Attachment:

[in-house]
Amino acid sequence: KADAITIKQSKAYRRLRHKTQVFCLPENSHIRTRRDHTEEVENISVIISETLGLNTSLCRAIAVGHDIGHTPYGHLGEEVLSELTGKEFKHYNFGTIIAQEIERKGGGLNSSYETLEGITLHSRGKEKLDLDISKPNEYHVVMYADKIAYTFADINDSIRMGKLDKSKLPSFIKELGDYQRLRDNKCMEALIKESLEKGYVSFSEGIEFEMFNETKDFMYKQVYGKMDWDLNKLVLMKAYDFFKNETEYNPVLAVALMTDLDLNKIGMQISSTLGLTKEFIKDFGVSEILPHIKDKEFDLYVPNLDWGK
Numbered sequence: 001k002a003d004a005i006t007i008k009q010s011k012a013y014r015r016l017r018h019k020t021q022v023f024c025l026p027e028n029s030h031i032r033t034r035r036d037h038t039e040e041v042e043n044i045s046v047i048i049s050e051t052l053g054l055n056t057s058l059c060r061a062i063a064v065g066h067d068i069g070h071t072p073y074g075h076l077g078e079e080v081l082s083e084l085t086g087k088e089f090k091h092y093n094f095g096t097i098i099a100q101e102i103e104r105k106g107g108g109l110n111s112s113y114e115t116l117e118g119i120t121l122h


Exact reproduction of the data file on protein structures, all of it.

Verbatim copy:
[in-house]
Amino acid sequence: KADAITIKQSKAYRRLRHKTQVFCLPENSHIRTRRDHTEEVENISVIISETLGLNTSLCRAIAVGHDIGHTPYGHLGEEVLSELTGKEFKHYNFGTIIAQEIERKGGGLNSSYETLEGITLHSRGKEKLDLDISKPNEYHVVMYADKIAYTFADINDSIRMGKLDKSKLPSFIKELGDYQRLRDNKCMEALIKESLEKGYVSFSEGIEFEMFNETKDFMYKQVYGKMDWDLNKLVLMKAYDFFKNETEYNPVLAVALMTDLDLNKIGMQISSTLGLTKEFIKDFGVSEILPHIKDKEFDLYVPNLDWGK
Numbered sequence: 001k002a003d004a005i006t007i008k009q010s011k012a013y014r015r016l017r018h019k020t021q022v023f024c025l026p027e028n029s030h031i032r033t034r035r036d037h038t039e040e041v042e043n044i045s046v047i048i049s050e051t052l053g054l055n056t057s058l059c060r061a062i063a064v065g066h067d068i069g070h071t072p073y074g075h076l077g078e079e080v081l082s083e084l085t086g087k088e089f090k091h092y093n094f095g096t097i098i099a100q101e102i103e104r105k106g107g108g109l110n111s112s113y114e115t116l117e118g119i120t121l122h